“Now you got some dudes that are just horrible and they’re going to do it anyway, and there’s never an excuse to put your hands on a woman. But domestic violence or whatever the case may be, with men putting their hands on women, is obviously a very real, real issue in our society. And I think that just talking about what guys shouldn’t do, we got to also make sure that you can do your part to do whatever you can do to make, to try to make sure it doesn’t happen. We know they’re wrong. We know they’re criminals. We know they probably deserve to be in jail. In Ray Rice’s case, he probably deserves more than a 2-game suspension which we both acknowledged. But at the same time, we also have to make sure that we learn as much as we can about elements of provocation. Not that there’s real provocation, but the elements of provocation, you got to make sure that you address them, because we’ve got to do is do what we can to try to prevent the situation from happening in any way. And I don’t think that’s broached enough, is all I’m saying. No point of blame.”

Smith apologized this week for what he referred to as most egregious error of my career and sought to reassure that he was not blaming women for domestic abuse:

My words came across that it is somehow a woman’s fault. This was not my intent. It is not what I was trying to say. Yet the failure to clearly articulate something different lies squarely on my shoulders.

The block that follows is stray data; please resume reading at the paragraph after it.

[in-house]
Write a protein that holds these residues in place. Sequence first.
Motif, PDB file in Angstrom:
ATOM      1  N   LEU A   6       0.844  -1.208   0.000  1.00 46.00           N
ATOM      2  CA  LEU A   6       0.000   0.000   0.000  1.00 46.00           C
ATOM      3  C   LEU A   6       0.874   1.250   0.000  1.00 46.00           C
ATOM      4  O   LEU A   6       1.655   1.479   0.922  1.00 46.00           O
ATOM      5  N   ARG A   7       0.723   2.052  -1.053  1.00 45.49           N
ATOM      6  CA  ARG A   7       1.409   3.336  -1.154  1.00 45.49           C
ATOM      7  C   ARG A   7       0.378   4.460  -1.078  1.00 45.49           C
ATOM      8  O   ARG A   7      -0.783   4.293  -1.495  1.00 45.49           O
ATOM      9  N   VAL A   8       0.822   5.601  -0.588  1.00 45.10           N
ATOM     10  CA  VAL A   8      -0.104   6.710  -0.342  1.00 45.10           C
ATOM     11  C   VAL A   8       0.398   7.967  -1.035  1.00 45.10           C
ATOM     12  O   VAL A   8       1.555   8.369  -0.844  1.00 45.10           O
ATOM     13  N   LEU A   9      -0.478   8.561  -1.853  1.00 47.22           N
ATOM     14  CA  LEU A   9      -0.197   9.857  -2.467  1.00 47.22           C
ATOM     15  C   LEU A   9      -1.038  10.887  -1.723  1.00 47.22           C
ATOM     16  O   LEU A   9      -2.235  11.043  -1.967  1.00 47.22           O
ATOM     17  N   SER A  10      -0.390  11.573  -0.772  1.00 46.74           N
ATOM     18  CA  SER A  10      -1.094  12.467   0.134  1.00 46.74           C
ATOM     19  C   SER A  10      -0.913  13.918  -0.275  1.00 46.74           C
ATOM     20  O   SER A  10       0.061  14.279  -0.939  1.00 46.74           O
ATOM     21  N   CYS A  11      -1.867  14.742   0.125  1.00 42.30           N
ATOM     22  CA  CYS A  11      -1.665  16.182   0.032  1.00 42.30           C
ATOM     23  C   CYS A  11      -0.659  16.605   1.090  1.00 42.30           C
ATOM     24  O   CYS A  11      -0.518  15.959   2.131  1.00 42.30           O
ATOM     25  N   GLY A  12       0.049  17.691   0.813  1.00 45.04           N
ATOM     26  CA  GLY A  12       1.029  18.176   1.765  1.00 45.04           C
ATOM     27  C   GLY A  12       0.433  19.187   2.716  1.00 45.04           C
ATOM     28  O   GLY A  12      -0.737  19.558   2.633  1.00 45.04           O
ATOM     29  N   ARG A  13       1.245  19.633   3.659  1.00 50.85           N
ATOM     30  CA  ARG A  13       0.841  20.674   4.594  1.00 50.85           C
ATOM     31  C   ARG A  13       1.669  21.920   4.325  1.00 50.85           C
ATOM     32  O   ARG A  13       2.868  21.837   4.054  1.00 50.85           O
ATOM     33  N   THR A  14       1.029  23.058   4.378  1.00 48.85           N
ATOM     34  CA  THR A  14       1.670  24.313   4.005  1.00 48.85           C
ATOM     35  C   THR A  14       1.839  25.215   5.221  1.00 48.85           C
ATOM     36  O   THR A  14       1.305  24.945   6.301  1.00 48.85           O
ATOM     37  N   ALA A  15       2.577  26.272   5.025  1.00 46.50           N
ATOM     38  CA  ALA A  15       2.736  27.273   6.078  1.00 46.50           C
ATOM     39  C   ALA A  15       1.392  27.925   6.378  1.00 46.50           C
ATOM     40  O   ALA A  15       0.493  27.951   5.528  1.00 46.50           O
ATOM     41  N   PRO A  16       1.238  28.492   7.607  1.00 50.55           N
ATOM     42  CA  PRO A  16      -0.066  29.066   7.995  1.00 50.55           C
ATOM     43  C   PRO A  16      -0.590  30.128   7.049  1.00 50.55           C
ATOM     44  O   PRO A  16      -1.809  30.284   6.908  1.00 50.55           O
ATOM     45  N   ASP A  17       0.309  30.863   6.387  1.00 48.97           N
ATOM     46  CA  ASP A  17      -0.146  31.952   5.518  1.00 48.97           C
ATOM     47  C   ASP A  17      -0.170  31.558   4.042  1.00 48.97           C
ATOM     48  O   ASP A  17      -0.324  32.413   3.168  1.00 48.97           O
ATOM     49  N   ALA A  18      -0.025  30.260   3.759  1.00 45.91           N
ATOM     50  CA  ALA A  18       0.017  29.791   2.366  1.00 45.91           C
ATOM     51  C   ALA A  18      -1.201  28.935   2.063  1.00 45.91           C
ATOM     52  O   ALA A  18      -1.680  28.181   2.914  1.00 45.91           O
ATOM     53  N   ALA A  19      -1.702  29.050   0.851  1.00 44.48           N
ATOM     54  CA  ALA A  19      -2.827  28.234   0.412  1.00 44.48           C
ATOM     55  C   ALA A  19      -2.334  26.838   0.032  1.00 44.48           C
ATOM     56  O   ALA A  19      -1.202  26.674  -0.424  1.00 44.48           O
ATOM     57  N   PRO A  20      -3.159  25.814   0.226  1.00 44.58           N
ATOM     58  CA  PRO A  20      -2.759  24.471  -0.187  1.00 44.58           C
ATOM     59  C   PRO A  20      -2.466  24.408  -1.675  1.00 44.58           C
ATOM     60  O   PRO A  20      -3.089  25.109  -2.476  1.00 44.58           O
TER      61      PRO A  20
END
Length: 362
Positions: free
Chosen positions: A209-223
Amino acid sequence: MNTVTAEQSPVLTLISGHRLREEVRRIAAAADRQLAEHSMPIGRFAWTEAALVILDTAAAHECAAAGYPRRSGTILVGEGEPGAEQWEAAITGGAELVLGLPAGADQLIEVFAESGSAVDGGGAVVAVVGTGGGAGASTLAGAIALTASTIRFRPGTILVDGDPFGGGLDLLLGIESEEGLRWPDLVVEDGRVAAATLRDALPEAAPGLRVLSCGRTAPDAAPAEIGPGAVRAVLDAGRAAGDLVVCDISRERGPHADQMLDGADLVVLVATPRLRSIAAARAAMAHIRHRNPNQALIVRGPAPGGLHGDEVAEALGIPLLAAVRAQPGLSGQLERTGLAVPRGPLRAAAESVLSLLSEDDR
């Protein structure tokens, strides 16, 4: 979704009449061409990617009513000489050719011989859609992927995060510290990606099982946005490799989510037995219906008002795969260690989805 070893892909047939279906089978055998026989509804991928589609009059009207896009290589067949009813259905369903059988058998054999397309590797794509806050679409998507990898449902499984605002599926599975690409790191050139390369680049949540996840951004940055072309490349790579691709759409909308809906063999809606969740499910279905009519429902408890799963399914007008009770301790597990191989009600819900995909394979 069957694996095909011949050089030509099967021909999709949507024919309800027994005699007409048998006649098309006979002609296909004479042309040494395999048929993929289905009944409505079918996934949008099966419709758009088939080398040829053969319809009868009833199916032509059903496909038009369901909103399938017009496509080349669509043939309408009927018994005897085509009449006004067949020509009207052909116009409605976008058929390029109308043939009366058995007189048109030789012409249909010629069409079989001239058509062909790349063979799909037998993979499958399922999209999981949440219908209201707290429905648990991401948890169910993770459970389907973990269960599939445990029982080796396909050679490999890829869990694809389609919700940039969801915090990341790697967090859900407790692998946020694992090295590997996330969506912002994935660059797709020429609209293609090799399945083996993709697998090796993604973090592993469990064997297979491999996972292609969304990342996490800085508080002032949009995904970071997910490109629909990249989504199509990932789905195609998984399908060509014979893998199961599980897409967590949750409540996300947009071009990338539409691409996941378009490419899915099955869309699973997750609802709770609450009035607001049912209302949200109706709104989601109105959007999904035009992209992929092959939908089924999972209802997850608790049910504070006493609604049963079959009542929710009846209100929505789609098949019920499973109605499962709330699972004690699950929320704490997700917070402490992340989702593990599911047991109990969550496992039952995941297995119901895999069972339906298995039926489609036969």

Apparently, it wasn’t enough for ESPN who suspended him from TV and radio for one week.

Interestingly, Whoopi-it’s-not-rape-rape-Goldberg defended Smith on ABC’s The View:

“Now some people are outraged, and let me just point out,” Whoopi began, “that the comment that he [Smith] made was based on what the young lady said she did.”

Goldberg’s co-hosts were quick to counter, saying that there is no reason for a man to hit a woman “unless his life is in jeopardy.”

“I’m sorry, if you hit somebody, you cannot be sure you are not going to get hit back,” Goldberg persisted.

“You have to teach women, ‘Do not put your hands on anybody.”

“I know I’m going to catch a lot of hell, and I don’t care,” Goldberg continued. “You hit somebody, they hit you back! Don’t be surprised!”

Responding to push back from her co-hosts who accused her of blaming the victim, Goldberg denied it, saying: